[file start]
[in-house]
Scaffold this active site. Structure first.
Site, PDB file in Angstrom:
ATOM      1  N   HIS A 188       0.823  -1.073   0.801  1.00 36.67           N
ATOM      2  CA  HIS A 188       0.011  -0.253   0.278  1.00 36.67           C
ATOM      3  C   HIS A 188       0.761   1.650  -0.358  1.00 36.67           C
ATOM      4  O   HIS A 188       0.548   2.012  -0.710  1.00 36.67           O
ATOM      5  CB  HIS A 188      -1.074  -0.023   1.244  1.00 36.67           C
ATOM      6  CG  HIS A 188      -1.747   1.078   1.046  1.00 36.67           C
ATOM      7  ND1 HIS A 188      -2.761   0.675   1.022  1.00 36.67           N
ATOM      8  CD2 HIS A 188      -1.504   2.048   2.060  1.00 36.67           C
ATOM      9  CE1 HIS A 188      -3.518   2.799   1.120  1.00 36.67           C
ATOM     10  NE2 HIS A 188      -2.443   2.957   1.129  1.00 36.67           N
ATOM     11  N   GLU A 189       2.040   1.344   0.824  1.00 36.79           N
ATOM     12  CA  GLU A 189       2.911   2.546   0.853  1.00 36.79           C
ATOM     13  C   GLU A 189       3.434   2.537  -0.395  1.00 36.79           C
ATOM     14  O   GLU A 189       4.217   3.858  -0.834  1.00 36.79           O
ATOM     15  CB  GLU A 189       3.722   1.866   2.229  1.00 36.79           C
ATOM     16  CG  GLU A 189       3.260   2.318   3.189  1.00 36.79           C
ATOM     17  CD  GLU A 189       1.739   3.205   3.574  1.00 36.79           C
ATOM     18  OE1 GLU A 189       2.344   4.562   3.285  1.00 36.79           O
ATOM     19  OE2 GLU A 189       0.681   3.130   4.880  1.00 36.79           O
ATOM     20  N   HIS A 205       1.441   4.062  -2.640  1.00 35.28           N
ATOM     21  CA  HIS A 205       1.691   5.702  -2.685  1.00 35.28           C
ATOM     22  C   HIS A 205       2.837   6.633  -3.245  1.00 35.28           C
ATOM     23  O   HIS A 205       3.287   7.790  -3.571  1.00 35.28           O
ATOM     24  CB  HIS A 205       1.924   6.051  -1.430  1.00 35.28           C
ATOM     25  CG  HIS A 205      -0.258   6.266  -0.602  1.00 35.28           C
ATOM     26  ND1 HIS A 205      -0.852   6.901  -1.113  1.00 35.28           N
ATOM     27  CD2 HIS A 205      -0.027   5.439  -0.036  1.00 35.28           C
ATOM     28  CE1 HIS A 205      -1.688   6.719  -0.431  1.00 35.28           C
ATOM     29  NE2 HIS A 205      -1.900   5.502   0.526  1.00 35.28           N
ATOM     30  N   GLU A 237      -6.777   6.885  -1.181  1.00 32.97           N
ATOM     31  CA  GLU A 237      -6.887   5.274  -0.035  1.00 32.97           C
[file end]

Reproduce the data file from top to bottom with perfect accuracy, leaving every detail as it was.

[in-house]
Scaffold this active site. Structure first.
Site, PDB file in Angstrom:
ATOM      1  N   HIS A 188       0.823  -1.073   0.801  1.00 36.67           N
ATOM      2  CA  HIS A 188       0.011  -0.253   0.278  1.00 36.67           C
ATOM      3  C   HIS A 188       0.761   1.650  -0.358  1.00 36.67           C
ATOM      4  O   HIS A 188       0.548   2.012  -0.710  1.00 36.67           O
ATOM      5  CB  HIS A 188      -1.074  -0.023   1.244  1.00 36.67           C
ATOM      6  CG  HIS A 188      -1.747   1.078   1.046  1.00 36.67           C
ATOM      7  ND1 HIS A 188      -2.761   0.675   1.022  1.00 36.67           N
ATOM      8  CD2 HIS A 188      -1.504   2.048   2.060  1.00 36.67           C
ATOM      9  CE1 HIS A 188      -3.518   2.799   1.120  1.00 36.67           C
ATOM     10  NE2 HIS A 188      -2.443   2.957   1.129  1.00 36.67           N
ATOM     11  N   GLU A 189       2.040   1.344   0.824  1.00 36.79           N
ATOM     12  CA  GLU A 189       2.911   2.546   0.853  1.00 36.79           C
ATOM     13  C   GLU A 189       3.434   2.537  -0.395  1.00 36.79           C
ATOM     14  O   GLU A 189       4.217   3.858  -0.834  1.00 36.79           O
ATOM     15  CB  GLU A 189       3.722   1.866   2.229  1.00 36.79           C
ATOM     16  CG  GLU A 189       3.260   2.318   3.189  1.00 36.79           C
ATOM     17  CD  GLU A 189       1.739   3.205   3.574  1.00 36.79           C
ATOM     18  OE1 GLU A 189       2.344   4.562   3.285  1.00 36.79           O
ATOM     19  OE2 GLU A 189       0.681   3.130   4.880  1.00 36.79           O
ATOM     20  N   HIS A 205       1.441   4.062  -2.640  1.00 35.28           N
ATOM     21  CA  HIS A 205       1.691   5.702  -2.685  1.00 35.28           C
ATOM     22  C   HIS A 205       2.837   6.633  -3.245  1.00 35.28           C
ATOM     23  O   HIS A 205       3.287   7.790  -3.571  1.00 35.28           O
ATOM     24  CB  HIS A 205       1.924   6.051  -1.430  1.00 35.28           C
ATOM     25  CG  HIS A 205      -0.258   6.266  -0.602  1.00 35.28           C
ATOM     26  ND1 HIS A 205      -0.852   6.901  -1.113  1.00 35.28           N
ATOM     27  CD2 HIS A 205      -0.027   5.439  -0.036  1.00 35.28           C
ATOM     28  CE1 HIS A 205      -1.688   6.719  -0.431  1.00 35.28           C
ATOM     29  NE2 HIS A 205      -1.900   5.502   0.526  1.00 35.28           N
ATOM     30  N   GLU A 237      -6.777   6.885  -1.181  1.00 32.97           N
ATOM     31  CA  GLU A 237      -6.887   5.274  -0.035  1.00 32.97           C